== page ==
A photograph taken by a climate researcher in Greenland has shown the true extent of climate change on one of the world's must vulnerable habitats.
The striking image appears to show the dogs walking on water - but is actually the result of melting sea ice around the Inglefield Bredning fjord as the area experiences higher than usual temperatures.
The ice sheet below was just 1.2 metres thick.
The melting happened after ice with low permeability rapidly melted, leaving cracks for the water to remain in.
Global warming-accelerated ice melts are a cause of concern for communities in cold climates, meaning locals are having to increasingly rely on technology like satellite images to find safe routes to cross the ice.
Are climate researchers worried about the melting of the ice?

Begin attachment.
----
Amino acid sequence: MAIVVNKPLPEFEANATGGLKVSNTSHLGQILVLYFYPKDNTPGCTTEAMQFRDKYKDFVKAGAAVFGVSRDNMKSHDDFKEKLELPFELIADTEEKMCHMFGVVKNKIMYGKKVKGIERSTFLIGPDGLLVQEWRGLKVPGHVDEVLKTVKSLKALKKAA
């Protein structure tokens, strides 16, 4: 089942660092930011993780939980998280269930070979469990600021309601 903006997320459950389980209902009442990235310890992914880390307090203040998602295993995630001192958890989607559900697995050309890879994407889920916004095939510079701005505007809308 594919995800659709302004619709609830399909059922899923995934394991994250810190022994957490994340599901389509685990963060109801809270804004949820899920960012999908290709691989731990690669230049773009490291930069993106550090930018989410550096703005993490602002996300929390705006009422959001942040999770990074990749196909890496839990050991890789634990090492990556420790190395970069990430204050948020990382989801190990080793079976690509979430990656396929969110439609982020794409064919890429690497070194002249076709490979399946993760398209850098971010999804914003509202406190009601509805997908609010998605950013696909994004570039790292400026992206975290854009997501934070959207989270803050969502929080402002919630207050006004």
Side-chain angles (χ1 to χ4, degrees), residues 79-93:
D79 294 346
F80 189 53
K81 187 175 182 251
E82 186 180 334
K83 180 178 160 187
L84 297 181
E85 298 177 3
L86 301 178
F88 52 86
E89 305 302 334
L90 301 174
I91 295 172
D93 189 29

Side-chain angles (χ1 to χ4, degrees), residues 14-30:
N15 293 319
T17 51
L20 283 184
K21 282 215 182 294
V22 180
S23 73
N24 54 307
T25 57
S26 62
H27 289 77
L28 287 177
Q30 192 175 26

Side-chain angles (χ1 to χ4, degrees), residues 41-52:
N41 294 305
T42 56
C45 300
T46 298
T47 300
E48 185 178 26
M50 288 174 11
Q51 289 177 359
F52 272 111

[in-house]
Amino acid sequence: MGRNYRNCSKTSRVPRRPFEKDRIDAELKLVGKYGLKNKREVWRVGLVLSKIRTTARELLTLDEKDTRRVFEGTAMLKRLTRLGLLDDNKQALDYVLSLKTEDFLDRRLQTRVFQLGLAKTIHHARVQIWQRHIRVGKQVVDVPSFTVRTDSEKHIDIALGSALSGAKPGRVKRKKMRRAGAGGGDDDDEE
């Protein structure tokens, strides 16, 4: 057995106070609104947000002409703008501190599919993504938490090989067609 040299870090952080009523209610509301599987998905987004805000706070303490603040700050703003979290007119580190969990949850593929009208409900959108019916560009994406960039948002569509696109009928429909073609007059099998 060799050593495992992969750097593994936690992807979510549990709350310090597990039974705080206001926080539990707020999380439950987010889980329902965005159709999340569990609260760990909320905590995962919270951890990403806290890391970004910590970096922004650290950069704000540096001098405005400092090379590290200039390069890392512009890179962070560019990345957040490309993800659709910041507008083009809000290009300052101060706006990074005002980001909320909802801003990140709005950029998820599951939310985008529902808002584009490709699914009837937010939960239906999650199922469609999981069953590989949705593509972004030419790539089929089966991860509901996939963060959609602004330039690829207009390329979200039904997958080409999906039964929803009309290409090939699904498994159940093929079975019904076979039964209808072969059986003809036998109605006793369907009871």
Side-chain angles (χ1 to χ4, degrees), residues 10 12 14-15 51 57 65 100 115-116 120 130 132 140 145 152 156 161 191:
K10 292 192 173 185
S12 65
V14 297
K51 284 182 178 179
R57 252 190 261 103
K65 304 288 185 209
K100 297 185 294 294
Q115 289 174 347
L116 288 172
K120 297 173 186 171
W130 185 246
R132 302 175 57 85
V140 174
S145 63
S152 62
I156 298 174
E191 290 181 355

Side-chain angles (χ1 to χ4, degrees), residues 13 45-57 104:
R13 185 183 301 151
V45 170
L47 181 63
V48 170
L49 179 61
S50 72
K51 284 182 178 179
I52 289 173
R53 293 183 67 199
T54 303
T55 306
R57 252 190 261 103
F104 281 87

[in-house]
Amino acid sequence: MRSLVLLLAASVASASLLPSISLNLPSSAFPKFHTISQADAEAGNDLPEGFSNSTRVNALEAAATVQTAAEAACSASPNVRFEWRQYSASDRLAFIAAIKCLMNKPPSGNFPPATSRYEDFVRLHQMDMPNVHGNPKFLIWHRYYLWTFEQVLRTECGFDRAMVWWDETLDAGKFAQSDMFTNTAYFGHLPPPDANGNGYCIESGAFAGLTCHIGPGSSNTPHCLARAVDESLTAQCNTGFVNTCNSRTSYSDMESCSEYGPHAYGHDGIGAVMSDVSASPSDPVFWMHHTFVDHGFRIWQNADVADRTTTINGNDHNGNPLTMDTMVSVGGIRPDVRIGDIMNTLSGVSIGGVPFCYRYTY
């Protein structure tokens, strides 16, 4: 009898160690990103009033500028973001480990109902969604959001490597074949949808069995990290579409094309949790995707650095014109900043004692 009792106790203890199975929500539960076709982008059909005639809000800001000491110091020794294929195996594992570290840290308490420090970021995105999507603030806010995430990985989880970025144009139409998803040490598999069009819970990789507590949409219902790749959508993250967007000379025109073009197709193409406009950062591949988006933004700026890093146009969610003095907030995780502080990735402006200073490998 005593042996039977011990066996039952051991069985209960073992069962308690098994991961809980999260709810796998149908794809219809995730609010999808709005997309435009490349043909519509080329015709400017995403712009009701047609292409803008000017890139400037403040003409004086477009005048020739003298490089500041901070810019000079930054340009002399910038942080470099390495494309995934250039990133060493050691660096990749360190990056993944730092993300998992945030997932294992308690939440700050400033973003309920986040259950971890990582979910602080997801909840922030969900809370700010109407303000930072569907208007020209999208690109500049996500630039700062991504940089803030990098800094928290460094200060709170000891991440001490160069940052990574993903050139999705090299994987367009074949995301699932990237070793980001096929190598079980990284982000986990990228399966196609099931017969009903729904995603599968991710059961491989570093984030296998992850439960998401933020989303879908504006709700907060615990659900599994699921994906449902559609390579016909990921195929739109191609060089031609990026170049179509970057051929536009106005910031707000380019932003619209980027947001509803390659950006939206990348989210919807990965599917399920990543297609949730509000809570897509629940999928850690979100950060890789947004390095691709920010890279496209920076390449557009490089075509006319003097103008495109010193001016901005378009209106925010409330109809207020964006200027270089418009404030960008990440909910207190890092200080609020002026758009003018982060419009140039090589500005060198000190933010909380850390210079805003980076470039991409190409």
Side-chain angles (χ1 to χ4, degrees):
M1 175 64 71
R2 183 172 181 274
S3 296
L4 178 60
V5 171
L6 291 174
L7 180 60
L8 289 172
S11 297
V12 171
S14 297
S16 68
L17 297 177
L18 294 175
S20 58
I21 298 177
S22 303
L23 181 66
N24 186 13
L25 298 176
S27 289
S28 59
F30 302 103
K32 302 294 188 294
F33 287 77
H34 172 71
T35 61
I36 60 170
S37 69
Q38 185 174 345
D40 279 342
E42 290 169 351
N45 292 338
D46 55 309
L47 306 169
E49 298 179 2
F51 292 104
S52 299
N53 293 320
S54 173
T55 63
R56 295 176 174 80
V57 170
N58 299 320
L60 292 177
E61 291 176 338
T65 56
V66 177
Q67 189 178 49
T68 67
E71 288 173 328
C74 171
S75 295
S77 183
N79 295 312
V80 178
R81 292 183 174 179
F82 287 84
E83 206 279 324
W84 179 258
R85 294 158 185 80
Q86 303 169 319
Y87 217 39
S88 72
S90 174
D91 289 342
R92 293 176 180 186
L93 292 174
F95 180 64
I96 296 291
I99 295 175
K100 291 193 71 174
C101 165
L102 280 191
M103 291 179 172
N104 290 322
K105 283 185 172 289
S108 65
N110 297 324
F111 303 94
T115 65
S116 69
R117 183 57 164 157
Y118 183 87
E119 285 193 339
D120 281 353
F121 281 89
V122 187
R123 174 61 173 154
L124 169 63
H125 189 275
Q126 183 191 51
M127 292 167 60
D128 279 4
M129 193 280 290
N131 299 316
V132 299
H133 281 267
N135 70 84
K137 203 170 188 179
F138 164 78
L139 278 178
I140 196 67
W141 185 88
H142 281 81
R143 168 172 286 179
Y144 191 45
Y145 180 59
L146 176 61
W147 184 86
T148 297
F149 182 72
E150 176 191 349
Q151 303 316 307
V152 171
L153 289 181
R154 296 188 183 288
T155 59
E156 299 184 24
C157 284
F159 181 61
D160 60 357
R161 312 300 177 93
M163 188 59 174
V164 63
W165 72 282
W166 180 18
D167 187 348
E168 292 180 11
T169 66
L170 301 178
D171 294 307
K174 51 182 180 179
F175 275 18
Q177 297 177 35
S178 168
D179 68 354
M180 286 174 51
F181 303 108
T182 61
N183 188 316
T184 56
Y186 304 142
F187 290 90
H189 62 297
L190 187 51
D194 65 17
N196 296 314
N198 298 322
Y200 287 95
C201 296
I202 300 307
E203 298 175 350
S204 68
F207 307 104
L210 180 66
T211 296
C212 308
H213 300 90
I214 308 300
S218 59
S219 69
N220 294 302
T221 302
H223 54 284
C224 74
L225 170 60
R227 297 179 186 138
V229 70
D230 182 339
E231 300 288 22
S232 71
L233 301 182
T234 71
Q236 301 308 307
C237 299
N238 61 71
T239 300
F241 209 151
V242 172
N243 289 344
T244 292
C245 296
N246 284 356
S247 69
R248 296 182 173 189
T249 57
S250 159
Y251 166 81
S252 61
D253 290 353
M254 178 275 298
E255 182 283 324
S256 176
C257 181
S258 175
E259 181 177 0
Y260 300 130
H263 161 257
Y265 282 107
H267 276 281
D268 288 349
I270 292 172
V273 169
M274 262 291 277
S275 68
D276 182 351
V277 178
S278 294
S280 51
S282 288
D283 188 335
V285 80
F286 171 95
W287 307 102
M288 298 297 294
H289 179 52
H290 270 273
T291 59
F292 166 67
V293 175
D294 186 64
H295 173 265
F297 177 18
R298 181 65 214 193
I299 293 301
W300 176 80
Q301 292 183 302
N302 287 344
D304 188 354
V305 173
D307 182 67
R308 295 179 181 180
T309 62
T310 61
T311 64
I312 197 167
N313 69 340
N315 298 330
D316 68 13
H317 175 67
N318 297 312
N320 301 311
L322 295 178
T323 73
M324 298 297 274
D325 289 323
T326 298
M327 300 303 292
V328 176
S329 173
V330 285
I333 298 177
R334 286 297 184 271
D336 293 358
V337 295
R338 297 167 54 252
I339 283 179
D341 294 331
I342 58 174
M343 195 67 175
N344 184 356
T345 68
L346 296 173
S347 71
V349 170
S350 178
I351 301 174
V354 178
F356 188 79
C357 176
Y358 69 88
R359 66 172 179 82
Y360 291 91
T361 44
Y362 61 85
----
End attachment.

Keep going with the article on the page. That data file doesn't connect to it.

There are concerns over the impact significantly higher temperatures in Greenland are having.
Records show highs have peaked up to 22C higher than what would be expected at this time of year, driven by warmer air surging north from the Atlantic.
Melting ice is a cause for concern for everyone, since it leads to rising sea levels around the world.
The melting ice seen in Mr Olfsen's picture would not normally be expected to melt at this time of year.
"The melting is big and early," Jason Box, an ice climatologist at the Geological Survey of Denmark and Greenland, told the Washington Post.
Such large scale melting of the ice would not usually happen until July or August.
What impact can melting ice have?
Melting ice, as well as increasing sea levels, can be devastating for wildlife.
It was thought the animals were driven towards human settlements after melting ice left them struggling to find food around their usual home.
What is the UK doing about climate change?
This means people could see widespread changes in their daily lives, with changes potentially afoot in the way homes are heated, what we eat and the way we get around.
Even the countryside could look different, with more trees planted to absorb carbon-dioxide and mixed farming replacing the monocultural landscapes we see today.